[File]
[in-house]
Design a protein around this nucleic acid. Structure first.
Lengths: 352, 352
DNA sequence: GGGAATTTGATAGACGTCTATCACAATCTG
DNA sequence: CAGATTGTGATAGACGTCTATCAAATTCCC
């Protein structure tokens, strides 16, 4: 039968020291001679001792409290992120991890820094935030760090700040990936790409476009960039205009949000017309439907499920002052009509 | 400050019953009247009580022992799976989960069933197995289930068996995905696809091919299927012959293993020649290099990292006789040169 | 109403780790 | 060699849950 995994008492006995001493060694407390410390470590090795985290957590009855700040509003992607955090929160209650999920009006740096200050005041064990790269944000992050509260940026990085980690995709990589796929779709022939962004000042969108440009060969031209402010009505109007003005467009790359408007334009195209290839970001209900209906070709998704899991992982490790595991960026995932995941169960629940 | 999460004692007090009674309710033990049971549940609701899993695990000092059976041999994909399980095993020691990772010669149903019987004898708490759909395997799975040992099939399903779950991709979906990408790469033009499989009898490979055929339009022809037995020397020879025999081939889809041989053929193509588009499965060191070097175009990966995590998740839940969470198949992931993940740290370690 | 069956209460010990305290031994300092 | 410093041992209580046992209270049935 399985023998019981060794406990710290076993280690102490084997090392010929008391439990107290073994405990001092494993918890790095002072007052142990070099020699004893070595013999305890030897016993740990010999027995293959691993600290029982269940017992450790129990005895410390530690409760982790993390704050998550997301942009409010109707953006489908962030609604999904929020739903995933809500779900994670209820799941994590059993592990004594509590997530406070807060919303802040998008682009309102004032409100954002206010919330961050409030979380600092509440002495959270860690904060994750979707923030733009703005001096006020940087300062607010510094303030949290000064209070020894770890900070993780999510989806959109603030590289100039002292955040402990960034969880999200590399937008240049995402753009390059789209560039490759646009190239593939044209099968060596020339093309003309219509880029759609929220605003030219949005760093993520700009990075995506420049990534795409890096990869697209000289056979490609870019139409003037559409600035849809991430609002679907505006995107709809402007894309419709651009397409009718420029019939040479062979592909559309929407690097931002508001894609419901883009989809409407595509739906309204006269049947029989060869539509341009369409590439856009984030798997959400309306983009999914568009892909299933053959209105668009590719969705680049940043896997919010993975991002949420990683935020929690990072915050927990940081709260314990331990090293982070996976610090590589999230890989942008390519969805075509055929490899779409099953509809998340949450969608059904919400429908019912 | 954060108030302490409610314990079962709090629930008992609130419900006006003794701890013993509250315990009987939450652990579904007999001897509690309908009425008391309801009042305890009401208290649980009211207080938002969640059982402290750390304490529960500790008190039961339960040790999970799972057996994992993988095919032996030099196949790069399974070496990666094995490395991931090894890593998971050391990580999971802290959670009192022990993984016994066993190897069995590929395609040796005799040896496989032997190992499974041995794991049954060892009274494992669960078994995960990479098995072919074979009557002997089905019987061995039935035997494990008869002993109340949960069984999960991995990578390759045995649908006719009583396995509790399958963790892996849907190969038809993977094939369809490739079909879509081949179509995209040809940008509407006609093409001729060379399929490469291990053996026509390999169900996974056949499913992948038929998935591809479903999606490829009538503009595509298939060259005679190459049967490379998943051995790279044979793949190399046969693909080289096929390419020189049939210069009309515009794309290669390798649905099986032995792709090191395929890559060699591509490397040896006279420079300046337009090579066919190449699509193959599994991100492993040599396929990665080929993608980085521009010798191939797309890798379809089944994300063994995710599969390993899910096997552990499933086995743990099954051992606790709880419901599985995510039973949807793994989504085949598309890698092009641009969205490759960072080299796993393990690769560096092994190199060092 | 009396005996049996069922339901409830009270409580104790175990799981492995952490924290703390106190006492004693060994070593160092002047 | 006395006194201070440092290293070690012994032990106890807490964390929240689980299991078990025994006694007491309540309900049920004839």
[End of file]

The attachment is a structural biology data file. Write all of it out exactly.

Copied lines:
[in-house]
Design a protein around this nucleic acid. Structure first.
Lengths: 352, 352
DNA sequence: GGGAATTTGATAGACGTCTATCACAATCTG
DNA sequence: CAGATTGTGATAGACGTCTATCAAATTCCC
């Protein structure tokens, strides 16, 4: 039968020291001679001792409290992120991890820094935030760090700040990936790409476009960039205009949000017309439907499920002052009509 | 400050019953009247009580022992799976989960069933197995289930068996995905696809091919299927012959293993020649290099990292006789040169 | 109403780790 | 060699849950 995994008492006995001493060694407390410390470590090795985290957590009855700040509003992607955090929160209650999920009006740096200050005041064990790269944000992050509260940026990085980690995709990589796929779709022939962004000042969108440009060969031209402010009505109007003005467009790359408007334009195209290839970001209900209906070709998704899991992982490790595991960026995932995941169960629940 | 999460004692007090009674309710033990049971549940609701899993695990000092059976041999994909399980095993020691990772010669149903019987004898708490759909395997799975040992099939399903779950991709979906990408790469033009499989009898490979055929339009022809037995020397020879025999081939889809041989053929193509588009499965060191070097175009990966995590998740839940969470198949992931993940740290370690 | 069956209460010990305290031994300092 | 410093041992209580046992209270049935 399985023998019981060794406990710290076993280690102490084997090392010929008391439990107290073994405990001092494993918890790095002072007052142990070099020699004893070595013999305890030897016993740990010999027995293959691993600290029982269940017992450790129990005895410390530690409760982790993390704050998550997301942009409010109707953006489908962030609604999904929020739903995933809500779900994670209820799941994590059993592990004594509590997530406070807060919303802040998008682009309102004032409100954002206010919330961050409030979380600092509440002495959270860690904060994750979707923030733009703005001096006020940087300062607010510094303030949290000064209070020894770890900070993780999510989806959109603030590289100039002292955040402990960034969880999200590399937008240049995402753009390059789209560039490759646009190239593939044209099968060596020339093309003309219509880029759609929220605003030219949005760093993520700009990075995506420049990534795409890096990869697209000289056979490609870019139409003037559409600035849809991430609002679907505006995107709809402007894309419709651009397409009718420029019939040479062979592909559309929407690097931002508001894609419901883009989809409407595509739906309204006269049947029989060869539509341009369409590439856009984030798997959400309306983009999914568009892909299933053959209105668009590719969705680049940043896997919010993975991002949420990683935020929690990072915050927990940081709260314990331990090293982070996976610090590589999230890989942008390519969805075509055929490899779409099953509809998340949450969608059904919400429908019912 | 954060108030302490409610314990079962709090629930008992609130419900006006003794701890013993509250315990009987939450652990579904007999001897509690309908009425008391309801009042305890009401208290649980009211207080938002969640059982402290750390304490529960500790008190039961339960040790999970799972057996994992993988095919032996030099196949790069399974070496990666094995490395991931090894890593998971050391990580999971802290959670009192022990993984016994066993190897069995590929395609040796005799040896496989032997190992499974041995794991049954060892009274494992669960078994995960990479098995072919074979009557002997089905019987061995039935035997494990008869002993109340949960069984999960991995990578390759045995649908006719009583396995509790399958963790892996849907190969038809993977094939369809490739079909879509081949179509995209040809940008509407006609093409001729060379399929490469291990053996026509390999169900996974056949499913992948038929998935591809479903999606490829009538503009595509298939060259005679190459049967490379998943051995790279044979793949190399046969693909080289096929390419020189049939210069009309515009794309290669390798649905099986032995792709090191395929890559060699591509490397040896006279420079300046337009090579066919190449699509193959599994991100492993040599396929990665080929993608980085521009010798191939797309890798379809089944994300063994995710599969390993899910096997552990499933086995743990099954051992606790709880419901599985995510039973949807793994989504085949598309890698092009641009969205490759960072080299796993393990690769560096092994190199060092 | 009396005996049996069922339901409830009270409580104790175990799981492995952490924290703390106190006492004693060994070593160092002047 | 006395006194201070440092290293070690012994032990106890807490964390929240689980299991078990025994006694007491309540309900049920004839």